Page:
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Violence in flood-hit state deepens aid needs in South Sudan

‘Ethnically motivated conflicts are rising because the political authorities are not in place to tackle them, and it is happening across the board.’

Gabriela Vivacqua/WFP
A man and his son paddle through flood waters on a homemade raft in Pibor, South Sudan, in 2019. Last year’s flooding exacerbated the country's persistent humanitarian crisis.

South Sudan has a new unity government after six years of war, but violence is still ongoing across the country, deepening a catastrophic humanitarian outlook worsened by mass flooding in 2019, aid workers are warning.

In eastern Jonglei state, a cycle of attacks has included the looting of food and livestock, threatening the current planting season and undermining an already fragile local economy.

“If a planting or harvesting period is missed [due to violence or disruption], it’s gone,” the World Food Programme’s country director, Matthew Hollingworth, told The New Humanitarian. “If cattle cannot move to pasture or water [because of insecurity], they may not survive.”

There has been sporadic violence in Jonglei throughout this year. In the latest incident, more than 240 people were killed and hundreds wounded when Murle militia attacked the town of Pieri and other ethnic Lou Nuer areas in northern Jonglei on 16 May.

In two days of violence, 28 villages were torched and looted, with people forced to flee into the bush.

Among the dead were a Médecins Sans Frontières staff member and two aid workers from a local NGO, all shot and killed in Pieri, drawing furious condemnation from the humanitarian community.

The Murle raid is seen as revenge for a Lou Nuer attack that left more than 100 people dead in February. These tit-for-tat revenge killings are large-scale assaults that can involve thousands of well-armed young men.

In the first quarter of this year alone, fighting between the two communities killed 658 people, according to the office of the UN High Commissioner for Human Rights, Michelle Bachelet. Those three months also saw the abduction of a further 592 people – typically women and children – and 65 reported cases of sexual abuse, OHCHR said.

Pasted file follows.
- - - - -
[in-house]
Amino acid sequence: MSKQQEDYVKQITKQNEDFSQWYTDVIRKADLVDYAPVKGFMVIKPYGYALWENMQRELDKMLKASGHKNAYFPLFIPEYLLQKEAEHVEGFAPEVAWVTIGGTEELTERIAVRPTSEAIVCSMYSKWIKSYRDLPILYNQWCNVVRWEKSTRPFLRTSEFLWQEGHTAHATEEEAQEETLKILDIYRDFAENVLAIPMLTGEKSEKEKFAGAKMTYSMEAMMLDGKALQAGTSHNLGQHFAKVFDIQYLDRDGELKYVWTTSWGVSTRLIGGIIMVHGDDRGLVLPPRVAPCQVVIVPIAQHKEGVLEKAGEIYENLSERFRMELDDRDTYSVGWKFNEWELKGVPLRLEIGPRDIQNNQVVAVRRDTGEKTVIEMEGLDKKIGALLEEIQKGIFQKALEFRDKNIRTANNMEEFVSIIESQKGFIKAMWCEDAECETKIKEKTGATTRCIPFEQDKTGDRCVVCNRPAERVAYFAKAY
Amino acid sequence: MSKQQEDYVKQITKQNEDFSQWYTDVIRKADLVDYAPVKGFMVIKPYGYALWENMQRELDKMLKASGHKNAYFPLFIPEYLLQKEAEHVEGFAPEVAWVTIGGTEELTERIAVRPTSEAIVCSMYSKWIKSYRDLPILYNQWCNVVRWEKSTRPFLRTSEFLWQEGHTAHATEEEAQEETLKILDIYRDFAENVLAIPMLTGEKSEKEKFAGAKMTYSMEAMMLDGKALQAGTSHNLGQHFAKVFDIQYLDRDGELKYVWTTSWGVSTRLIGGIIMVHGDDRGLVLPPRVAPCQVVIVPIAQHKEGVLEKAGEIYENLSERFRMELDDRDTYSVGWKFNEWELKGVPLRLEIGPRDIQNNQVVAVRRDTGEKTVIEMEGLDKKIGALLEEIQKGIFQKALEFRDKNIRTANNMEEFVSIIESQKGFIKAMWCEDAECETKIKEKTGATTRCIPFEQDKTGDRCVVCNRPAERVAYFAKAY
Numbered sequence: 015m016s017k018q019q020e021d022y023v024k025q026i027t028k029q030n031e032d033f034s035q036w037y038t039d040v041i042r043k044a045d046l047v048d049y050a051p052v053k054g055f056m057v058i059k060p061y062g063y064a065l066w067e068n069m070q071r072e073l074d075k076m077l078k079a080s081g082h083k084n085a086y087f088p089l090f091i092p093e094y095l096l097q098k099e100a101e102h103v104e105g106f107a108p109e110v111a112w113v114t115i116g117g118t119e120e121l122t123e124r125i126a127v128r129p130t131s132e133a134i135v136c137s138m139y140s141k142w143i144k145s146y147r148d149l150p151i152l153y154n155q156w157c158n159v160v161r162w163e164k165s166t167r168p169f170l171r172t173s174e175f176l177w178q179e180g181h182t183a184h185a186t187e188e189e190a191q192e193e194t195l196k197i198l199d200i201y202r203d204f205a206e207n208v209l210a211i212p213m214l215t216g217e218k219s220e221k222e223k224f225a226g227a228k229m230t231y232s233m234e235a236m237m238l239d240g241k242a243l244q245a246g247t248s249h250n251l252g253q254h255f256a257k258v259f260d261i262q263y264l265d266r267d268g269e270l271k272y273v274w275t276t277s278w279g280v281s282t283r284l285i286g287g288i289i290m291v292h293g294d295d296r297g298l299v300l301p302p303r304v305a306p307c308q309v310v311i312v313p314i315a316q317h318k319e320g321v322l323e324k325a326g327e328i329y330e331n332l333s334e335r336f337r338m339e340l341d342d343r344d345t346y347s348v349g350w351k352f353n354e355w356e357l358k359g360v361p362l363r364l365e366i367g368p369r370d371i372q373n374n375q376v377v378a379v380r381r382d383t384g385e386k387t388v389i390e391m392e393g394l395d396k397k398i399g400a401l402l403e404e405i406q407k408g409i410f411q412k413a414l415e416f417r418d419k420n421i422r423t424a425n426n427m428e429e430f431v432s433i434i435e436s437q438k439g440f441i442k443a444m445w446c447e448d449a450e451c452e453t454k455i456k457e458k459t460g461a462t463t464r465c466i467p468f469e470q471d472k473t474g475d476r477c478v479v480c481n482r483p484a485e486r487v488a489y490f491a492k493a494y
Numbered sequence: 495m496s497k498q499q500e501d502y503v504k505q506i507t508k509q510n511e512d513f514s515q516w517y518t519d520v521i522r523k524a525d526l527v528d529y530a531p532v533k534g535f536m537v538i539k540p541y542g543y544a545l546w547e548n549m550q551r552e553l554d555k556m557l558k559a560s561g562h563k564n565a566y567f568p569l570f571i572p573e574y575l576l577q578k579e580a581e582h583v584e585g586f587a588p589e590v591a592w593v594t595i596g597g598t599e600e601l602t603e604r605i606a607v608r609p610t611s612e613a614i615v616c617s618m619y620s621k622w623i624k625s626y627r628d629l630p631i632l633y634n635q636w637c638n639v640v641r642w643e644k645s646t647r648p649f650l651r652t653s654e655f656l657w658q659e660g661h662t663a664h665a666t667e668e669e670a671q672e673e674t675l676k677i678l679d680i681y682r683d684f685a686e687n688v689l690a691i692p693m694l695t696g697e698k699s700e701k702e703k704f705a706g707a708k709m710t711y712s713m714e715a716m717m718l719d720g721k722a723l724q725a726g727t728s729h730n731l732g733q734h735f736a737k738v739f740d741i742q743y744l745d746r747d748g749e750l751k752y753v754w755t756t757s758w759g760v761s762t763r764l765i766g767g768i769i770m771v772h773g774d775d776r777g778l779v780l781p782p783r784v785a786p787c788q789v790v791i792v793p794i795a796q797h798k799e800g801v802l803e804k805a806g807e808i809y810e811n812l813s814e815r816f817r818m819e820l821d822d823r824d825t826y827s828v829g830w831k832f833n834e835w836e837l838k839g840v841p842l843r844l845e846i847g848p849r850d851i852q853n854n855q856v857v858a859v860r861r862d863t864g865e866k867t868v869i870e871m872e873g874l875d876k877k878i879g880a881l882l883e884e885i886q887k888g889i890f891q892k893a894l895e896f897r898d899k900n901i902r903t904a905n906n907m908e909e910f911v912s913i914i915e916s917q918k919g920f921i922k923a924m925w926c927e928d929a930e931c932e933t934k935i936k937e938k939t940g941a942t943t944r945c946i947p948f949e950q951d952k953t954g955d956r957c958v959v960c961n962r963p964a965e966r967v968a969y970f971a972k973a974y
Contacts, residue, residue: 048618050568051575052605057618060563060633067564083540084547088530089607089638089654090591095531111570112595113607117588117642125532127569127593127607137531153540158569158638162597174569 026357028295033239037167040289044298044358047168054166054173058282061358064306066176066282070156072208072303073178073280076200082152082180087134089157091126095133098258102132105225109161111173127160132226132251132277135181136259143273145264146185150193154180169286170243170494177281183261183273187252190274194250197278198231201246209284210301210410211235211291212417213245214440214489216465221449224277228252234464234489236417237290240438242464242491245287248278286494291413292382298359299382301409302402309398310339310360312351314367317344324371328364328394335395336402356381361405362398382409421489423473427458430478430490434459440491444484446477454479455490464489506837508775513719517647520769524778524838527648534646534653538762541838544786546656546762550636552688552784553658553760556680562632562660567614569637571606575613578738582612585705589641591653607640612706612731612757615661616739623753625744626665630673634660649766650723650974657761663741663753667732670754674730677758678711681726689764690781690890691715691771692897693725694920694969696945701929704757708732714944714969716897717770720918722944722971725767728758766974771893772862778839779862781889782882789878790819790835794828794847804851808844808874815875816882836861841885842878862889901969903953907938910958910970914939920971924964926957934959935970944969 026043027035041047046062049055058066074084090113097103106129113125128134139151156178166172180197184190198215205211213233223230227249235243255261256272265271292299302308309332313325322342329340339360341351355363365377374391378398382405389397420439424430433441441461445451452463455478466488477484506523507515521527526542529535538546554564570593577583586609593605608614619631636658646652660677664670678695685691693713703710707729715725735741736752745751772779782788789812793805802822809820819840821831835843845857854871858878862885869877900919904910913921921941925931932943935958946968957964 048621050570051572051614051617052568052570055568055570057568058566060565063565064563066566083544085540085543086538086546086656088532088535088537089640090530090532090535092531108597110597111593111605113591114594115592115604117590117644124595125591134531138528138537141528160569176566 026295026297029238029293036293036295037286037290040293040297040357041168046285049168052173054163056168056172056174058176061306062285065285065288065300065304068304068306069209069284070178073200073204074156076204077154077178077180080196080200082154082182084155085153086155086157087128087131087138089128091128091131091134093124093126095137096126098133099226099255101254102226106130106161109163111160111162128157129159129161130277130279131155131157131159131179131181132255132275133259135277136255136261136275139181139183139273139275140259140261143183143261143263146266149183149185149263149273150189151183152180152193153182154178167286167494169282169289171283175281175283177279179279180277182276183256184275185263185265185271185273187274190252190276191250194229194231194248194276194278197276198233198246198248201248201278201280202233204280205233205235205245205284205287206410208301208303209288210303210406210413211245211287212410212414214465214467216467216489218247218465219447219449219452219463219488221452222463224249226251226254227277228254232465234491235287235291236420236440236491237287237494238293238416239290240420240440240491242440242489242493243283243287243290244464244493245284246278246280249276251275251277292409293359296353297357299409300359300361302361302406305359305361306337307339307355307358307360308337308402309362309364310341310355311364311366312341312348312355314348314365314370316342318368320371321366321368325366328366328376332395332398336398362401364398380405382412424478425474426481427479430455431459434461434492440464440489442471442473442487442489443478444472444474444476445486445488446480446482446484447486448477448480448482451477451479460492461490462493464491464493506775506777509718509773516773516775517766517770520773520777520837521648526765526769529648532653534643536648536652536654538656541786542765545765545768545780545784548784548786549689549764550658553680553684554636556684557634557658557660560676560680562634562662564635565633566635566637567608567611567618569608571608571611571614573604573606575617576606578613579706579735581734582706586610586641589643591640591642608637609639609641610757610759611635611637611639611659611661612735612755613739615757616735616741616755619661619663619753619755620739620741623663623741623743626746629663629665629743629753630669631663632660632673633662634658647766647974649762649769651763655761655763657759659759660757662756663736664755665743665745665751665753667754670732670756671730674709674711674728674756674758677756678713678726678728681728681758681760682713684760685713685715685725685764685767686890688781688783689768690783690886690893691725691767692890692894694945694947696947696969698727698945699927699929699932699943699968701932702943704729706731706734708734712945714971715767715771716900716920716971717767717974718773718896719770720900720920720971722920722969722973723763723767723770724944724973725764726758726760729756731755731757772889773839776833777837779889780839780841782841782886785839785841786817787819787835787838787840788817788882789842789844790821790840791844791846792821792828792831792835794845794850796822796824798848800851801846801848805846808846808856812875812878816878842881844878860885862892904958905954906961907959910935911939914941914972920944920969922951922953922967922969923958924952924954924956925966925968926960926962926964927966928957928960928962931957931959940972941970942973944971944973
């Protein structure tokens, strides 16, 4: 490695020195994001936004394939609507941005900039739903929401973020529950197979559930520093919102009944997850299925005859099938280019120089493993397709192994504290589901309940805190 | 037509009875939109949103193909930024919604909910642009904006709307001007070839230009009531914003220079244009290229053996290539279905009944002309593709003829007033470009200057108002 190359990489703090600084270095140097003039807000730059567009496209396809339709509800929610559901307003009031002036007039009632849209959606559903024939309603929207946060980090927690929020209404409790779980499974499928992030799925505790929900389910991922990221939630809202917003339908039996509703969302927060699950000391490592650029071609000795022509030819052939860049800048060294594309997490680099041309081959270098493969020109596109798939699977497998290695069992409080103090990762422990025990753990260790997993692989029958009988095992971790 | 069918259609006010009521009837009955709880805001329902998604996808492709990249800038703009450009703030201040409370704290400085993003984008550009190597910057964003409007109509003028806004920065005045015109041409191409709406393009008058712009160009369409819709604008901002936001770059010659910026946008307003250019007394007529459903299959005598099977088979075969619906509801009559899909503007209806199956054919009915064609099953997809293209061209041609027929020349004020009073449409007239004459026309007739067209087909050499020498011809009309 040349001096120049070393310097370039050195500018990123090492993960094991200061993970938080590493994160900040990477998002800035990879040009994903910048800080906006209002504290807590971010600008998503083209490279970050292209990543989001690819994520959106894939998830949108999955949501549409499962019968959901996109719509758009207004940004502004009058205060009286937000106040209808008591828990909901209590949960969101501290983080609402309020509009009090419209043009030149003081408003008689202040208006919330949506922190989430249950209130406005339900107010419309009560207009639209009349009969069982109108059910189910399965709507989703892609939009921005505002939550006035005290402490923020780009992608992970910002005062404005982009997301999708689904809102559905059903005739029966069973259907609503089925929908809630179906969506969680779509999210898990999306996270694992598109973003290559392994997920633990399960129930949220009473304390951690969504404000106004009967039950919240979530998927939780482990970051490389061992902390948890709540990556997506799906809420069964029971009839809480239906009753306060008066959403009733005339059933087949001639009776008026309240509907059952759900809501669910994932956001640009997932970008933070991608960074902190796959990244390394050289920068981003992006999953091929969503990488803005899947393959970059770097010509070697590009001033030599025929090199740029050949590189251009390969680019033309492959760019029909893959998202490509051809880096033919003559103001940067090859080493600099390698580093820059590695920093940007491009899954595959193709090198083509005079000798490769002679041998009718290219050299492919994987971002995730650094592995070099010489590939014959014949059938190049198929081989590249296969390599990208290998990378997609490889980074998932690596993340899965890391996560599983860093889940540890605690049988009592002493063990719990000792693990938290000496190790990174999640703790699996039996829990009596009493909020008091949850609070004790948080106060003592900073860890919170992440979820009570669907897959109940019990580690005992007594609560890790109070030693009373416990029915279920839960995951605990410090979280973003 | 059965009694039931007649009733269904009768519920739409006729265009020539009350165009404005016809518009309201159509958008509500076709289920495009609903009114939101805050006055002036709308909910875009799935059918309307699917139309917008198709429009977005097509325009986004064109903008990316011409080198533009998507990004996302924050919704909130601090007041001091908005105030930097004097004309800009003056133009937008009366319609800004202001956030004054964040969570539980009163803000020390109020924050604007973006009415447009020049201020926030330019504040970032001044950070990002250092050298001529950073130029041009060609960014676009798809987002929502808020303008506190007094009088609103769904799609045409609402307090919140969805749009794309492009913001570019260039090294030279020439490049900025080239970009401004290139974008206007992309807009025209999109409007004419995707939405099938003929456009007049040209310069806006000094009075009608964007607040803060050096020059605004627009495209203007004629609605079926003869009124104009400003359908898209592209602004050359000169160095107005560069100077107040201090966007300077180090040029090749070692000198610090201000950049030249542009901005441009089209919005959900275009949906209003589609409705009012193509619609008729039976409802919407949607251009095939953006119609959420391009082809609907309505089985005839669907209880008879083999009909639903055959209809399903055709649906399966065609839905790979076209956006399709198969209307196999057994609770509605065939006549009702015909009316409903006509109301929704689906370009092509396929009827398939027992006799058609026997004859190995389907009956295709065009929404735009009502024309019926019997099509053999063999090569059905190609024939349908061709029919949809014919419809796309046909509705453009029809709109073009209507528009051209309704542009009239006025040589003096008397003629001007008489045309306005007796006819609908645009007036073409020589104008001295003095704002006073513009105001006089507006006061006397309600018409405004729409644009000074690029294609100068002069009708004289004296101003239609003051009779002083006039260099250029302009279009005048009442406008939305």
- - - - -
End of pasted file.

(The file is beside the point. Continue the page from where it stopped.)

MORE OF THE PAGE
South Sudan inaugurated a power-sharing unity government in February, but the “intercommunal fighting has increased, causing massive suffering for families who are trying to rebuild their lives,” David Shearer, the UN secretary-general’s special representative, said in a statement.

Shearer said he saw the violence as partly driven by “economic deprivation” in a region that was hit by devastating late-2019 floods that “wiped away many homes and killed thousands of cattle which families rely on for their survival”.

Killings and floods

Last year’s flooding has left 20,000 households in Jonglei’s Akobo and Duk counties facing “catastrophe” levels of extreme hunger. 

In the peak of the lean season, around July/August, yet more households – especially in areas affected by seasonal floods or insecurity – are likely to be close to famine, according to FEWS NET, a US-funded famine monitor.

Abraham Deng Lul, a farmer in Duk, lost his home, livestock, and crops when the floods swept through the county. He told TNH by phone that he was now totally reliant on food aid to feed his household of 10 children and two wives – but the ration is not enough.

“I am just in one place and cannot move outside Duk to look for ways to feed my family.”

The ongoing insecurity, and the cost of travel, means “I am just in one place and cannot move outside Duk to look for ways to feed my family,” he said.

Rains are again falling, and are expected to be heavier than usual, according to the UN’s emergency aid coordinating office, OCHA. Aid agencies are racing to pre-position stocks of two-months’ worth of food aid and medicine before the roads are cut.

Gabriela Vivacqua/WFP
An aerial image showing heavy flooding in Pibor, South Sudan, in 2019.

The violence must “therefore stop, and humanitarians must be able to reach affected communities freely and without fear”, the UN’s humanitarian coordinator in South Sudan, Alain Noudéhou, said in a statement.

That may be difficult to achieve. In a public statement, Lou Nuer elders warned that if the unrest continues, “Lou youth will have no other option but to face the menace of the Murle in the most appropriate way.” Murle community leaders responded with their own threat of retribution.